This week I have been thinking a lot about our students, their brains, and joy.
Let's say you are a 10-year-old kid. You go into your room and open your Google Classroom or Zoom meeting - whatever is delivering your schoolwork for the day.
The teacher on the other side of the screen presents the material to learn. It is there. Organized, concretely laid out, beautifully written.
And yet, the student sighs - a heavy sigh. Their eyes roll to the sky and they trudge through the task.
Think of something that works like this for you in your life. Maybe you have to complete your taxes or clean a bathroom. Perhaps you need to work out or cook something healthy to eat. You know these things are what you should be doing, but to complete them means you too will sigh, roll your eyes, and trudge through.
What if life didn't have to be like this. What if those very tasks we slog through could be framed in our minds differently and experienced as joyous?
Is it possible for a kid to get up and meet their teacher on the screen and experience joy?
I've been thinking a lot about this question and it has caused me to create these ideas - to help tutors to think about their students - and find ways to bring in the joy.
Notice your "nonverbal communication"
- Look into the computer camera - not at the screen - this allows you to connect better with your student
- Open your stance
- Show your hands in the screen to add communication
Notice your energy level as students enter the lesson and throughout the lesson
- Provide positive and inviting energy for your lesson
- Intentionally, set the tone for your lesson through the use of music, color, graphic design of materials
- Share with your students the power of what they are learning as it applies to their brain development
- If they are writing - tell them how wonderful it is to have the tools to share their ideas in their brain!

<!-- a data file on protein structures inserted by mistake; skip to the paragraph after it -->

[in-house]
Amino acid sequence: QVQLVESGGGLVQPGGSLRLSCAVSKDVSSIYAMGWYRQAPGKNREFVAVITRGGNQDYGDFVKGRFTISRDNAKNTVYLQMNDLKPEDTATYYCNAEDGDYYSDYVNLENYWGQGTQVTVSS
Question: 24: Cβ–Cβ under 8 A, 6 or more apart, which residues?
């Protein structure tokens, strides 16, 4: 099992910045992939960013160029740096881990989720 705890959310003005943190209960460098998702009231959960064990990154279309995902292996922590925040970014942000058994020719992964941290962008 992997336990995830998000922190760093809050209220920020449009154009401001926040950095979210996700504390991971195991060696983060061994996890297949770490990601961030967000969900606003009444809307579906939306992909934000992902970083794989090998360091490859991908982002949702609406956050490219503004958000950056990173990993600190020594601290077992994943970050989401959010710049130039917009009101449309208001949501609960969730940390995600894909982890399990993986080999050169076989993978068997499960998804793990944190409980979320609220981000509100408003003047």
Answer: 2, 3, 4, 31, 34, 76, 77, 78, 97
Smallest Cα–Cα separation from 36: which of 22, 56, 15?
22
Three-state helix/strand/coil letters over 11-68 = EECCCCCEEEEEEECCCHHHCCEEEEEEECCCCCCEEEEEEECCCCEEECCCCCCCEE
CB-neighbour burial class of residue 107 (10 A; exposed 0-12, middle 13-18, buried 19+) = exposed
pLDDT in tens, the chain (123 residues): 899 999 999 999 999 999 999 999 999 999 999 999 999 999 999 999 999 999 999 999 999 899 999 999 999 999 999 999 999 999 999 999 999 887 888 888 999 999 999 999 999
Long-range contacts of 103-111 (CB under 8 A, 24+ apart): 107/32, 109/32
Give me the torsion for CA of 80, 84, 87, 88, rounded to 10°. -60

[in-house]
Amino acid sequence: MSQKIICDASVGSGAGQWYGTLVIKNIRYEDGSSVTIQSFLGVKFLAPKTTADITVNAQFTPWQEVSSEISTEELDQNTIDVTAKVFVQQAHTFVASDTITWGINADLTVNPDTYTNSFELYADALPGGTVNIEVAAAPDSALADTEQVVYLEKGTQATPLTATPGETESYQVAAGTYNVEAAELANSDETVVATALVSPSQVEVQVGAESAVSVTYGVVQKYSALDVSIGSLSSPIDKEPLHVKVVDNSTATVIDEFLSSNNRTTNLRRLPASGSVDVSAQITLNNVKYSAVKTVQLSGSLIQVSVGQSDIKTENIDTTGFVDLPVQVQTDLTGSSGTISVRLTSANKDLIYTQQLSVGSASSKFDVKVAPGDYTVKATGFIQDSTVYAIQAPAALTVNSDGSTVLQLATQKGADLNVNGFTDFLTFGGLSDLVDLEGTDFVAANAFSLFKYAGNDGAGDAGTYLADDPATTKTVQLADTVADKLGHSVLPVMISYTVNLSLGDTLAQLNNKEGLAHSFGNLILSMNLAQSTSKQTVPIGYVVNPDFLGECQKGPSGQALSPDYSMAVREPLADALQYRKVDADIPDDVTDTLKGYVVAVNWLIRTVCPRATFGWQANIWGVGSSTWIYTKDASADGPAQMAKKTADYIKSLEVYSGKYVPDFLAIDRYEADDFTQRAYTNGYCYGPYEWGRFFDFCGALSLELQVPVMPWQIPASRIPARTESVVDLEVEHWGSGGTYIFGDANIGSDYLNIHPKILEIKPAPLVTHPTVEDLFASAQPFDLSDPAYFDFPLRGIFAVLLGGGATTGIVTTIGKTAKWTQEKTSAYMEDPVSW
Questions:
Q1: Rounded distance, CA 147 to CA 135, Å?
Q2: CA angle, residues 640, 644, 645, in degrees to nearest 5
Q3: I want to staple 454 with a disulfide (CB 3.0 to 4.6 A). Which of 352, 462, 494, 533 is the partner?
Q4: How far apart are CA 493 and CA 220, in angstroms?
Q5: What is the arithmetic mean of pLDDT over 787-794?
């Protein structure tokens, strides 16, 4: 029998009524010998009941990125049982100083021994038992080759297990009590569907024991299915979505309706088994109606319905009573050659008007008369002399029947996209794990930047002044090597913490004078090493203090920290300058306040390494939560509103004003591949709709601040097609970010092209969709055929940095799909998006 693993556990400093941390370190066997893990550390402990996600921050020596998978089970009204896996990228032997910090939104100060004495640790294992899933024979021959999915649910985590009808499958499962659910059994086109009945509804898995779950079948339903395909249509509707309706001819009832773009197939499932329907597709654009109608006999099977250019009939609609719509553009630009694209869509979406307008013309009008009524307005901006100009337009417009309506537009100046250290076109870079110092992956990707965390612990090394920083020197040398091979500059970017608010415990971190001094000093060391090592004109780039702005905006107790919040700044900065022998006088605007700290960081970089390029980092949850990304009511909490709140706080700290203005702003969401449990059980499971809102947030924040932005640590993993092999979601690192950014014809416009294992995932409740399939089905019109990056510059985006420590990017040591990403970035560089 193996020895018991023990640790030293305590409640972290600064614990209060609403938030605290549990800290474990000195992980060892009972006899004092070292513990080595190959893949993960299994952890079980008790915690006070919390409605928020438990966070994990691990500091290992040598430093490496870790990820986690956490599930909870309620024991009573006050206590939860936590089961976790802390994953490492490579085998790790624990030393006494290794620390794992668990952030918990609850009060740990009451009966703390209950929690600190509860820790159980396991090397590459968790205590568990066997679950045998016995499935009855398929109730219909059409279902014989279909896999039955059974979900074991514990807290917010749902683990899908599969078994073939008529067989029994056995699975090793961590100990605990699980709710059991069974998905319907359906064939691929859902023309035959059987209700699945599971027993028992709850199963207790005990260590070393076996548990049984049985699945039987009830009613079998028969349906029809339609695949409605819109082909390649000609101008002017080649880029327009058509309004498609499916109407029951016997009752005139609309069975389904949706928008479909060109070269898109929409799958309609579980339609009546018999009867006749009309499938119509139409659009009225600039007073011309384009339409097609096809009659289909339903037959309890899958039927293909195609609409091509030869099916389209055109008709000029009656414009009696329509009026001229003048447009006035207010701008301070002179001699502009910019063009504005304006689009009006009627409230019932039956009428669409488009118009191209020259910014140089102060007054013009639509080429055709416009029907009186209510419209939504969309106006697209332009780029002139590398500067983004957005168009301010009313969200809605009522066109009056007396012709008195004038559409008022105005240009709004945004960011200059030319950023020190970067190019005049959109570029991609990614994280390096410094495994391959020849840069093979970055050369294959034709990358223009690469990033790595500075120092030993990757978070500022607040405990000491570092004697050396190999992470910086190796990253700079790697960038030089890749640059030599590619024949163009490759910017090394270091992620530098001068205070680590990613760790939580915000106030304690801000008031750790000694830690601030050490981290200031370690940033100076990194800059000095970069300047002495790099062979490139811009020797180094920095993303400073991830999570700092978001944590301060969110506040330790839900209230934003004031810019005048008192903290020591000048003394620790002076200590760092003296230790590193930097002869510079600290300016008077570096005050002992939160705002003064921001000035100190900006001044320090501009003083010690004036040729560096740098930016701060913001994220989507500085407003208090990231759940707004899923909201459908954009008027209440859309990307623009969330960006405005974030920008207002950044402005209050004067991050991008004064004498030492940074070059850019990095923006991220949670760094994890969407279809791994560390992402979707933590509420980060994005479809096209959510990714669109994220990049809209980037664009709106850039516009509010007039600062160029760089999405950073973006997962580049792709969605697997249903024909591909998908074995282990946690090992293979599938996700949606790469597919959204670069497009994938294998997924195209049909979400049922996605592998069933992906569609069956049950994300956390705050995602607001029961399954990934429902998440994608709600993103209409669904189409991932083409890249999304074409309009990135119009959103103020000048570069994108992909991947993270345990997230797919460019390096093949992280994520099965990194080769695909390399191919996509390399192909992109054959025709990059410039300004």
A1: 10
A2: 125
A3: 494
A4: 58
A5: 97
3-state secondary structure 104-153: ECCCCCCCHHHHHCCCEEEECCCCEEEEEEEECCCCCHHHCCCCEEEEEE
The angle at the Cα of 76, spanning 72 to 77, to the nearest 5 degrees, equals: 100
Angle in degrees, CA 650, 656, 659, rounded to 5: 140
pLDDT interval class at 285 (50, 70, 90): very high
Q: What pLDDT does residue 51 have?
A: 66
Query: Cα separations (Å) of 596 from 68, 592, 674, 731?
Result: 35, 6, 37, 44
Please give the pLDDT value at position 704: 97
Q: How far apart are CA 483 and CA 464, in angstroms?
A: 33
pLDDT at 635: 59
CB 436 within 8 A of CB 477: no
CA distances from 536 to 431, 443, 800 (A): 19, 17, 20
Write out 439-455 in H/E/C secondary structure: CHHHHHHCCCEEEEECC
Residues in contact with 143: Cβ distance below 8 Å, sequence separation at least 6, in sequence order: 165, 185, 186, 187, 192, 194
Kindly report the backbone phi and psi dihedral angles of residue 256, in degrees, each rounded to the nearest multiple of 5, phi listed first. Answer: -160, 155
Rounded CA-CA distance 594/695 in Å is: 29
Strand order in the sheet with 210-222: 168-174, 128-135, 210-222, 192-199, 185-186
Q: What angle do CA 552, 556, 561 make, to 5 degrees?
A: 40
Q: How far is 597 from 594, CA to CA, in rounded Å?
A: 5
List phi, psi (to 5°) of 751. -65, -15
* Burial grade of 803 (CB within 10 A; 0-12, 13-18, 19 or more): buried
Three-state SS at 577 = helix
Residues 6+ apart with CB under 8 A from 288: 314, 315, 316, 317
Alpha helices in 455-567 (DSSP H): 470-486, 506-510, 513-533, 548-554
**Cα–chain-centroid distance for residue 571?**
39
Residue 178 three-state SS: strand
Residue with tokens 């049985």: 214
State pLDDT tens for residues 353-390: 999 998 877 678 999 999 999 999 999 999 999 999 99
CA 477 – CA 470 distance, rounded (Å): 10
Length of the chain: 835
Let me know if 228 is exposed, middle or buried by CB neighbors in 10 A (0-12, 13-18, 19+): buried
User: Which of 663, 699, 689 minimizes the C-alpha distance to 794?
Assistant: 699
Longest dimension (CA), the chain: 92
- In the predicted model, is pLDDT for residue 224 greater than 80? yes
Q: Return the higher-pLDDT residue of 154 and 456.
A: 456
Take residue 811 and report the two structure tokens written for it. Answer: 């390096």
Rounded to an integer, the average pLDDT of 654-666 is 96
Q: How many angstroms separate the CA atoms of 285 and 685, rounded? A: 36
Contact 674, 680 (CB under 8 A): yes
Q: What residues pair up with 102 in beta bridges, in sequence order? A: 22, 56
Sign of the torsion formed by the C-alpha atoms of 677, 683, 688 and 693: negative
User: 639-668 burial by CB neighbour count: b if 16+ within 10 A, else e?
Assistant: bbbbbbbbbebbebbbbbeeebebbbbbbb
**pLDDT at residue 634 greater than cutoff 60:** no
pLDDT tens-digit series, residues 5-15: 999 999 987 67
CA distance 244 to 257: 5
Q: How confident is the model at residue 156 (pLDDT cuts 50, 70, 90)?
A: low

- If they are learning math - tell them how powerful it is to make meaning out of the mathematical concepts (and be sure you are helping them to make meaning- not just know how to do the steps)
- If they are learning to read - tell them how wonderful it is to take various perspectives and make inferences (and how important it is to be critical and informed when reading text posted on the Internet)
Take a little time to slowly ask "how are you?" and/or "how do you want to learn this?"
- My favorite lessons involve teaching a skill or process using an area of interest
- Ask your student what they have been up to - and do this in a way that is slow and steady. See the video for an example!
- You can teach within areas of joy - and you can teach your student about how an excellent skill to have is to be able to make an unpreferred task more joyous by adding in elements of connection and happiness. For me, I do not prefer to organize my desktop files, but I have found to make this more joyous by playing my favorite podcast or music. I have also switched the narrative in my mind to be positive and not negative around this task. "When I file, I am selecting what I chose to keep on my computer. This computer is my work and is an extension of myself. I want to take great care of it and me!"
Shift the narrative.
- Notice what your student is telling themselves when they endeavor a task during your lesson
- Typically, tutors are brought in to work on areas of challenge - so often self-talk is negative and self-deprecating
- Provide suggestions for positive self-talk. You can use sentence starters such as "I can.."; "I am..", "I have...", "I choose.." to help.
- For example, my student who does not have wonderful organization skills has adopted a system to work within. He has improved his ability to be organized, but in his mind, he keeps telling himself he's disorganized and will never be on top of his tasks. We have reframed this by taking charge of his brain and creating a mantra we write at the start of each session: "I have skills to be organized and I choose to use them."
In sum, tutors have the ability to help students to find joy in their learning - even through difficult subjects and processes. We can use these tips to help our students, and find fun along the way!